LONDON — With the opening ceremonies of the 2012 Olympics still hours away and the torch relay making its way through the streets of this grand old city, there is still time for the U.S. Men’s Senior National Team to take one last breath before the competition begins Sunday against France.
They ran through their pre-Olympic exhibition schedule like you might expect the loaded, defending gold medalists would — the 5-0 record and 27-point average margin of victory have to impress even the biggest skeptics.
You can take whatever side you want in the Dream Team vs. This Team debate, and Naismith knows everyone who cares at all about the game has weighed in at one time or another in the past few weeks. The fact remains that this is easily the strongest international contingent of talent a U.S. Olympic team will have to face.
There are six other current or former NBA All-Stars in the competition here — Spain boasts two (Pau and Marc Gasol), with Argentina (Manu Ginobili), France (Tony Parker) and Russia (Andrei Kirilenko) each boasting one of their own.
Twenty years ago, the Dream Team faced just five active NBA players on their way to gold (eight other players in that competition had played or would go on to play in the NBA).
The debate will have to wait anyway, since the current team has to first claim a gold of their own. And they’ll be tested by teams like Spain, Argentina, Russia and Brazil, all of which possess more frontcourt size than the U.S. Team has.
No team, though, can go down the bench and find NBA All-Stars nine-deep; Tyson Chandler is the reigning Defensive Player of the Year, James Harden is the reigning Sixth Man of the Year and the 12th man, Anthony Davis, was the No. 1 overall pick in last month’s Draft.
The other decided advantage this current team has over its predecessors is a chemistry and cohesion born out of USA Basketball’s structure since Jerry Colangelo took over as managing director of the program and Mike Krzyzewski assumed the coaching mantle after a dismal showing in the 2004 Olympics in Athens.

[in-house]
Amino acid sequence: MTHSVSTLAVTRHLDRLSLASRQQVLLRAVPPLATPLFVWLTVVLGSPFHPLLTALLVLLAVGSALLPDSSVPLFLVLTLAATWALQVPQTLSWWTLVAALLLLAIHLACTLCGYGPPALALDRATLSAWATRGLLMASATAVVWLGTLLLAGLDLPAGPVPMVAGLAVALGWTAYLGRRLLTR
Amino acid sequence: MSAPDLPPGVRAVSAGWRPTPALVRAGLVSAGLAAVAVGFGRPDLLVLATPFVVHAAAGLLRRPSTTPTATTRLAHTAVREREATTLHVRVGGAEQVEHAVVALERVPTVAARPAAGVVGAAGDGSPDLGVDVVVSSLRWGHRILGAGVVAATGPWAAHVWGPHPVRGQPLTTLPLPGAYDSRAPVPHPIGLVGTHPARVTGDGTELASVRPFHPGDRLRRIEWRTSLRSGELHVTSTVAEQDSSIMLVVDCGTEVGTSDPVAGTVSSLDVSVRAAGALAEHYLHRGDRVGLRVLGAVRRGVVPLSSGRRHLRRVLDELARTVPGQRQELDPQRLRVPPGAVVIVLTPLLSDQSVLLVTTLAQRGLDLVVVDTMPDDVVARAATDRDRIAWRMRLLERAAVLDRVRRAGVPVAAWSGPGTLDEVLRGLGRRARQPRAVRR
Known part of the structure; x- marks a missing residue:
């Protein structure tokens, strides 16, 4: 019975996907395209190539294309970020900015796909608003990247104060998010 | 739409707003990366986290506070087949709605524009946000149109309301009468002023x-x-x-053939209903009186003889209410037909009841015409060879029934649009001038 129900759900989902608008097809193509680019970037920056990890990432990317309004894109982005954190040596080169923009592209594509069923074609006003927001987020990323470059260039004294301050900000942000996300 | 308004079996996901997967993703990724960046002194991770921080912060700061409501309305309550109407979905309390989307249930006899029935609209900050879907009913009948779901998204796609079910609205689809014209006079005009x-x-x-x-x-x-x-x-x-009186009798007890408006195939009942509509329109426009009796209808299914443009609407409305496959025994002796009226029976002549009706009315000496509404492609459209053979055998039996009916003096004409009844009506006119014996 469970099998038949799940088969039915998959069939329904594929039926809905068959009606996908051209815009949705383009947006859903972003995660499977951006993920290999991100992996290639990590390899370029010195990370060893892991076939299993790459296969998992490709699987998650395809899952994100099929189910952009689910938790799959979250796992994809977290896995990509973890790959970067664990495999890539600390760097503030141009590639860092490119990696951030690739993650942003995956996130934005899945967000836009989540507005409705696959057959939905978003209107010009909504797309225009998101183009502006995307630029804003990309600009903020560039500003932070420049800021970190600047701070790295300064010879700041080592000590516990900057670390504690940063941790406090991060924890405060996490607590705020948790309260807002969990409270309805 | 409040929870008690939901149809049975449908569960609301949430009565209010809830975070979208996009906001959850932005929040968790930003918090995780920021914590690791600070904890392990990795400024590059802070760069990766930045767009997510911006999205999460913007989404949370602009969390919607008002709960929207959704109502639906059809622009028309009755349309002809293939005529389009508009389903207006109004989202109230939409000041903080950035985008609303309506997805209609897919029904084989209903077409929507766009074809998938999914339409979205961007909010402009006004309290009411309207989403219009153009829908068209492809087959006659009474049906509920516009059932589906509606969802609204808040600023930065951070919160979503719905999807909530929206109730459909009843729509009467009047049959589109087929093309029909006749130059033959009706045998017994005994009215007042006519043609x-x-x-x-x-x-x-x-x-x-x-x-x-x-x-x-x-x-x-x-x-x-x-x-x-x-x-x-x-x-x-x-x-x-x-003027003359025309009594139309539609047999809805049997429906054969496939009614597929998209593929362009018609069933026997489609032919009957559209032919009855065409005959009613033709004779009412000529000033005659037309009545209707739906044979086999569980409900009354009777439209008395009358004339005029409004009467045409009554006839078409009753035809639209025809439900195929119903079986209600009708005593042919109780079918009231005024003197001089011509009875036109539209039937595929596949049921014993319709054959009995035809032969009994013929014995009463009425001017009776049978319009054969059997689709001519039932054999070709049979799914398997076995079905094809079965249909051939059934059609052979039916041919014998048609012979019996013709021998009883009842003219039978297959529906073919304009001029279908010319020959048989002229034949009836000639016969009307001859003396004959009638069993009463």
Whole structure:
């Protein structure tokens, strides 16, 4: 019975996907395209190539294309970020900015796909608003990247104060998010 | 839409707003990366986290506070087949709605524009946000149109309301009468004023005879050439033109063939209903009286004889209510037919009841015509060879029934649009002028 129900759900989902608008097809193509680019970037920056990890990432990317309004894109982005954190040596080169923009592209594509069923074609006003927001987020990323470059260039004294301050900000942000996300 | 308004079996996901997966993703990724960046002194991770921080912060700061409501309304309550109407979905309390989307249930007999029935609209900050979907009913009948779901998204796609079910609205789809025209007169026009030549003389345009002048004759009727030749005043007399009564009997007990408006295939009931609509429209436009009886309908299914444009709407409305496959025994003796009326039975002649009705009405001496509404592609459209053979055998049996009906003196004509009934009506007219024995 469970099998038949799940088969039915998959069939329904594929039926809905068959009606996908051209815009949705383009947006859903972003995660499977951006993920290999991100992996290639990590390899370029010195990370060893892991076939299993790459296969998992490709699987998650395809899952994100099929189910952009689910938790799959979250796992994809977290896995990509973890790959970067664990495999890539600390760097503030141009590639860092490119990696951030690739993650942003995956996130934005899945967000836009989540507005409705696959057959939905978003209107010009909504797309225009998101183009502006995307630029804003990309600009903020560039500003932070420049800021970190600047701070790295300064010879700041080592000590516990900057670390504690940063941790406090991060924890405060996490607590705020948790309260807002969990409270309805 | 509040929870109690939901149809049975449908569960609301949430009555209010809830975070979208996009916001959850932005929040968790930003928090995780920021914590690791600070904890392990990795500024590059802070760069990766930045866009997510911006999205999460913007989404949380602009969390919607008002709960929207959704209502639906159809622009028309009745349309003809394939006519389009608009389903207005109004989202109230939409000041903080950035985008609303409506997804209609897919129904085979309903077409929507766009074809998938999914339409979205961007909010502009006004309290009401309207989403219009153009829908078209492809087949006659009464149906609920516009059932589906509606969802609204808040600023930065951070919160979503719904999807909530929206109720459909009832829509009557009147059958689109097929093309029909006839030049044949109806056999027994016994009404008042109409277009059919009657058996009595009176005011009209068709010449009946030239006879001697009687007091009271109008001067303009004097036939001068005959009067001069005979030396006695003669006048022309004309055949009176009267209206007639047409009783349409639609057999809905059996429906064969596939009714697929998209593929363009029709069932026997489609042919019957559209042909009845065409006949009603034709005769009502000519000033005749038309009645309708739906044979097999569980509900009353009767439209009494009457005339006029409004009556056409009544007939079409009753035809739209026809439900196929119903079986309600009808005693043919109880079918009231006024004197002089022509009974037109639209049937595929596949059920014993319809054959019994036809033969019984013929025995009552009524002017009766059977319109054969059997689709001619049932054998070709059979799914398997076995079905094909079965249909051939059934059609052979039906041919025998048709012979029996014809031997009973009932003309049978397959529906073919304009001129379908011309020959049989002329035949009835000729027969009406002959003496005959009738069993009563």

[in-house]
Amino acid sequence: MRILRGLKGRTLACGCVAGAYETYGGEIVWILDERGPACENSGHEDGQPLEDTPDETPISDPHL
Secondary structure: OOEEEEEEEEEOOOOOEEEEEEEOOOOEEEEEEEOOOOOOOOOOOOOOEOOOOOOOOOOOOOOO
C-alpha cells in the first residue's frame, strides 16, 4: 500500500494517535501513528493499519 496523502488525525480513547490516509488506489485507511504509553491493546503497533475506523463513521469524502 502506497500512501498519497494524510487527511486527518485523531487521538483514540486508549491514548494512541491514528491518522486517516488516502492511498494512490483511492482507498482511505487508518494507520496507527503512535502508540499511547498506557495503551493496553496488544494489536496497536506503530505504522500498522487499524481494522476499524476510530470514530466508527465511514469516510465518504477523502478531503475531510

LeBron James and Carmelo Anthony are making their third straight appearances in the Olympics and five players on this team are shooting for their second straight gold medal. The talk of playing together again in London began immediately after they won gold in Beijing four years ago. Five others are trying to find a match for their gold medals won at the World Championship in Turkey in 2010.
“These are guys I talk to just about every day,” Chris Paul told reporters in Barcelona after the U.S. whipped Spain in their final exhibition game Tuesday. “I knew ‘Bron wanted to do it. D-Wade wanted to do it, but his injury set him back. I knew ‘Melo was in, so we’ve got one of those things where regardless what anybody says, once one or two of us commit to something, we’re all in.”
That’s easier said than done when four of the five holdovers from the Beijing team (James, Anthony, Paul and Deron Williams) have changed addresses in the NBA since they were last together (only Kobe Bryant remains with the same NBA team).
But the opportunity for one last ride together, particularly as the 20-year anniversary of the original Dream Team is upon us, seems like a perfect way for this group that helped transform USA Basketball’s culture to go out.
“I knew I wanted to play again in 2012,” Paul said. “When I found it was London, all right, just let me know when, Coach.”